Bangladesh execution of opposition leader hints at deeper woes

The execution could add to the violence already rocking the country ahead of January elections.

Andrew Biraj/Reuters
People celebrate after hearing the news of Bangladesh Jamaat-E-Islami leader Abdul Quader Mollah's execution in Dhaka December 12, 2013.Bangladesh executed Islamist opposition leader Abdul Quader Mollah on Thursday for war crimes he committed in 1971, in a move likely to spark more violent protests less than a month before elections are due to be held.

Bangladesh today executed Islamist politician Abdul Quader Mollah, a senior opposition leader found guilty of committing war crimes during the country’s separation from Pakistan in 1971.

Security analysts fear the execution will trigger violence and impact elections in early January, which the opposition is threatening to boycott. 

Mr. Mollah is the first person to be executed following a controversial war crimes tribunal established in 2010 by Prime Minister Sheikh Hasina. The tribunal has so far only tried and convicted members of opposition parties, who claim they are targeted for political reasons.

Mollah was convicted of killing a student and a family of 11, and aiding the Pakistan army in killing 369 others, in a process that diplomats and international rights organizations have condemned.

Tight security measures are in force across Dhaka and elsewhere in the country in response to the execution, with a heavy deployment of police, paramilitary troops, and border guards.

"The country is on a razor’s edge at the moment with pre-election tensions running high and almost non-stop street protests. Mollah’s execution could trigger more violence, with the Hindu community bearing the brunt," said Abbas Faiz, Amnesty International's Bangladesh researcher in a statement after the execution.

Opponents of Mollah, who call him the “butcher of Mirpur,” celebrated the execution in Dhaka. “The execution was important to clear the frustration that developed among people" who were waiting for the verdict to be implemented, says Imran Sarkar, a leader of the youth movement that protested a more lenient first conviction against Mollah earlier this year.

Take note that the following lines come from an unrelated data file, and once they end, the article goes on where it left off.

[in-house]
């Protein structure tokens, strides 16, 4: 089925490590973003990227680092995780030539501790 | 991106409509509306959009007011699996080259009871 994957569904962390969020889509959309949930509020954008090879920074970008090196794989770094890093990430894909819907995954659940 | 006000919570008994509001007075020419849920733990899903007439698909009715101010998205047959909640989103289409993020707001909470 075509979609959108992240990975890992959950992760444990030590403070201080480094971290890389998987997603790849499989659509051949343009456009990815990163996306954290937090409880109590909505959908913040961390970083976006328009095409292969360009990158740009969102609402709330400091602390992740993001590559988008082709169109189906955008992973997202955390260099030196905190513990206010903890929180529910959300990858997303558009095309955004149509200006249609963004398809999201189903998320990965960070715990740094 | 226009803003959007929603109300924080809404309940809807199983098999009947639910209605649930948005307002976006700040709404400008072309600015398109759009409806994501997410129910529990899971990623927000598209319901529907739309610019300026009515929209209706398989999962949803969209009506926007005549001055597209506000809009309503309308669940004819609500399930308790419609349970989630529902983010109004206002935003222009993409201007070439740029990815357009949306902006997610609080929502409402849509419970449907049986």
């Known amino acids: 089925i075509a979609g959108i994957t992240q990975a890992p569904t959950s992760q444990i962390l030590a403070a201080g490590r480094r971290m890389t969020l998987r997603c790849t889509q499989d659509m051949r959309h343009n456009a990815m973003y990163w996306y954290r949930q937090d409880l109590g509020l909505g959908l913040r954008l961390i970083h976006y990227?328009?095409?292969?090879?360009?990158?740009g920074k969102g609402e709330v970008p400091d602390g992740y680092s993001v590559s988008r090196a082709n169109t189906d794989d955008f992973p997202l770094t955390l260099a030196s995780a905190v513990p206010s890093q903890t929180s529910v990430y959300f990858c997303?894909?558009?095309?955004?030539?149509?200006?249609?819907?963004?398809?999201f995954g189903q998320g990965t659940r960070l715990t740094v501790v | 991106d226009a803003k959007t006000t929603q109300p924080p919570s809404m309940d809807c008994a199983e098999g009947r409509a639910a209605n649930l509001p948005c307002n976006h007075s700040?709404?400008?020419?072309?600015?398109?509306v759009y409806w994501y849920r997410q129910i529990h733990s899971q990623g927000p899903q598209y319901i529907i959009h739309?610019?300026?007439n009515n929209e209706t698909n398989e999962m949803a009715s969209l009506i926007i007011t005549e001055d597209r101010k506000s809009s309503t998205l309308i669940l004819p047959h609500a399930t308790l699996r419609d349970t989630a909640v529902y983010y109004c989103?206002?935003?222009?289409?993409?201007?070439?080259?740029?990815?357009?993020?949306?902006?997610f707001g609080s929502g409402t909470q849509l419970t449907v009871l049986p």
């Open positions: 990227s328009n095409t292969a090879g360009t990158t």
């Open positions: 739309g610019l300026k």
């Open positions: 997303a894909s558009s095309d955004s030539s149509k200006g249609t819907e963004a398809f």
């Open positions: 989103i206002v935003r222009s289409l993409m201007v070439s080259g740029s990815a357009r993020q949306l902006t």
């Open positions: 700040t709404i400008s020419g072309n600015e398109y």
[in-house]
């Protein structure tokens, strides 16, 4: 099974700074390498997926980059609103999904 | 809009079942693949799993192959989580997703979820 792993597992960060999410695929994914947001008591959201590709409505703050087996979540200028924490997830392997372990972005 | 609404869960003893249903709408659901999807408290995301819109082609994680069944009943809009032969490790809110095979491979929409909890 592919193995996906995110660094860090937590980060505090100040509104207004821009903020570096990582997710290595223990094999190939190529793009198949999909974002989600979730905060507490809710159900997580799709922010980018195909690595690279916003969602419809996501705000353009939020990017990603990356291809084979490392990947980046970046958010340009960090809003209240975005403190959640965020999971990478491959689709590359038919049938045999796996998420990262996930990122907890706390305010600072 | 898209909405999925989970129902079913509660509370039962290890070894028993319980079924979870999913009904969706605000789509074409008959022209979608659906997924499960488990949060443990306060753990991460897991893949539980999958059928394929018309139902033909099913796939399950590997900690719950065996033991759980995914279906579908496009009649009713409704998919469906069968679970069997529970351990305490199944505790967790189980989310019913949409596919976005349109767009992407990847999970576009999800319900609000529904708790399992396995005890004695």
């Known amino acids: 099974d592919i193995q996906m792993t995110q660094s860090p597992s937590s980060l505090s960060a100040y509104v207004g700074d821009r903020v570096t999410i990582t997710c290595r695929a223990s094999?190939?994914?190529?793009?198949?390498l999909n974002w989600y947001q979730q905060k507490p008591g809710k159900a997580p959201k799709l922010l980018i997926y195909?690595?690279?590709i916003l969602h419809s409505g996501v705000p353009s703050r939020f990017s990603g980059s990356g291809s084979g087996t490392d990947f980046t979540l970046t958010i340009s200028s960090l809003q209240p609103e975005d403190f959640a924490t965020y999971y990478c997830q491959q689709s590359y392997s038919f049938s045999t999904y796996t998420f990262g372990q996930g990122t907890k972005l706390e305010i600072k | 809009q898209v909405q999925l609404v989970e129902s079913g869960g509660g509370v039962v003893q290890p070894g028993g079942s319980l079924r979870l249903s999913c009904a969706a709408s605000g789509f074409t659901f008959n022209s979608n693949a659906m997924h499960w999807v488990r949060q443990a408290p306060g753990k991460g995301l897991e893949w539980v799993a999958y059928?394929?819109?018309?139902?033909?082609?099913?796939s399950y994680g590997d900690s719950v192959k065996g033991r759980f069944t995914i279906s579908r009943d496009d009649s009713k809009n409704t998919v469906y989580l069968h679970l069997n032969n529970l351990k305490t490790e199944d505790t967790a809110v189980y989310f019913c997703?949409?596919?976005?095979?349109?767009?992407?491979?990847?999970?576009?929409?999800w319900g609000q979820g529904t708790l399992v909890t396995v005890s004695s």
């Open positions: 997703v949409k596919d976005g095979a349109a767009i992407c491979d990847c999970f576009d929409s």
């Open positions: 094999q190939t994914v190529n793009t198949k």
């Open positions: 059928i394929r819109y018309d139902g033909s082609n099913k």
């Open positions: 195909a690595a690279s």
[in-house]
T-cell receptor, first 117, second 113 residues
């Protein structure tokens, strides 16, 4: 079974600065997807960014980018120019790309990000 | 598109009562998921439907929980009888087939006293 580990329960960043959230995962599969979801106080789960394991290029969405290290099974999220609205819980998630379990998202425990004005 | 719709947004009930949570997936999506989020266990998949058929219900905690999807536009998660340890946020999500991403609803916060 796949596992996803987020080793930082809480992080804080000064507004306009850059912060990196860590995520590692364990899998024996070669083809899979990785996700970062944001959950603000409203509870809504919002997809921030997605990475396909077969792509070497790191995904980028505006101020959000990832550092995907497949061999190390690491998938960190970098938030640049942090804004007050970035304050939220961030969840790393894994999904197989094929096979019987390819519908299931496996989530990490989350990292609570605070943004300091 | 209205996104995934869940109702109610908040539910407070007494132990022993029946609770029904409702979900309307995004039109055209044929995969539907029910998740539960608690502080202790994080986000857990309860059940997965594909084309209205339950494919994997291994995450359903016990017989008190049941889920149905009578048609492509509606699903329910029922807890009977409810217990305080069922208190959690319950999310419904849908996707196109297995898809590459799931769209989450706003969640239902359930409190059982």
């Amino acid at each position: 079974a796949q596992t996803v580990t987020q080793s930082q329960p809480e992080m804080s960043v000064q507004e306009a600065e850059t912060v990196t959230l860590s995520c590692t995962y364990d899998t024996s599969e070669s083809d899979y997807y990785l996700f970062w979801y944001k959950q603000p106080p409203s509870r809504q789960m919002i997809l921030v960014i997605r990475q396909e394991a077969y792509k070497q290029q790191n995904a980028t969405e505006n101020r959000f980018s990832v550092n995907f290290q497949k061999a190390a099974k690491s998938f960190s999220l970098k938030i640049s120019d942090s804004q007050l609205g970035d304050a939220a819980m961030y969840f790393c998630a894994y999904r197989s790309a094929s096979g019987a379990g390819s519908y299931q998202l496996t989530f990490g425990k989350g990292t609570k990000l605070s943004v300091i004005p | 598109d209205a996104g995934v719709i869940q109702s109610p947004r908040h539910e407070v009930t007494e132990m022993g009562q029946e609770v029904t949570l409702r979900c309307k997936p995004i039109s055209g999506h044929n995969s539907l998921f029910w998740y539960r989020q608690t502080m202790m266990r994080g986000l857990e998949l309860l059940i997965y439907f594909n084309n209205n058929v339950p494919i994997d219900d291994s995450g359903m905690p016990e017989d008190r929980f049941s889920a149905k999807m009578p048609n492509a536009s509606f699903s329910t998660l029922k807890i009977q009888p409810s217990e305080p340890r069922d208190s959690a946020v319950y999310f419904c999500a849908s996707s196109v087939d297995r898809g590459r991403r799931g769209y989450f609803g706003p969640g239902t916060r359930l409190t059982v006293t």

The execution comes at a particularly tense moment for Bangladesh. Clashes between political parties have increased in the run-up to Jan. 5. elections. At least 60 people have been killed in Bangladesh since October, and hundreds injured in fierce clashes with the police. A bus packed with passengers was burned earlier in November during a blockade called by the main political opposition party, resulting in one death. The opposition alliances have led multiple blockades to cut off roads, rail, and water to Dhaka in protest over the government's plans to oversee the elections.

Much drama unfolded in the days before the execution, including a last-minute legal challenge that temporarily delayed the execution on Tuesday and international concerns over the ongoing political turmoil in the south Asian nation.

US Secretary of State John Kerry called the Bangladesh Prime Minister Sheikh Hasina on Tuesday to “speak about the current events,” said Jen Psaki, spokesperson for the US Department of State. 

Mollah's political party Jamaat-e-Islami Tuesday warned of dire consequences if the execution was carried out and called for a general strike Sunday. This will mean a further blow to suppliers producing clothes for major Western retailers such as Wal-Mart, Gap, Sears, Eddie Bauer and many others. Repeated blockades and shutdowns since October have delayed several shipments of clothes, which generate 80 percent of Bangladesh's export revenue.

“This execution [will] create a lot of emotional outburst among people who might think that [the governing party] is actually using the execution to create a serious anarchy and then use this to impose emergency or impose a one-sided election,” says M. Shahiduzzaman, a security analyst and a professor of international relations at the University of Dhaka.

Mollah was one of five people who were sentenced to death by the Bangladeshi war crimes tribunal since February. International rights organizations including New York-based Human Rights Watch and Amnesty International condemned the death penalties and raised questions about the fairness of the trials.

Bangladeshi authorities claim that 3 million people were killed and 200,000 women were raped in a bloody war with Pakistan aided by local collaborators. Independent estimates put the death toll between 300,000 and 500,000, mostly at the hands of pro-Pakistan Islamist militia.

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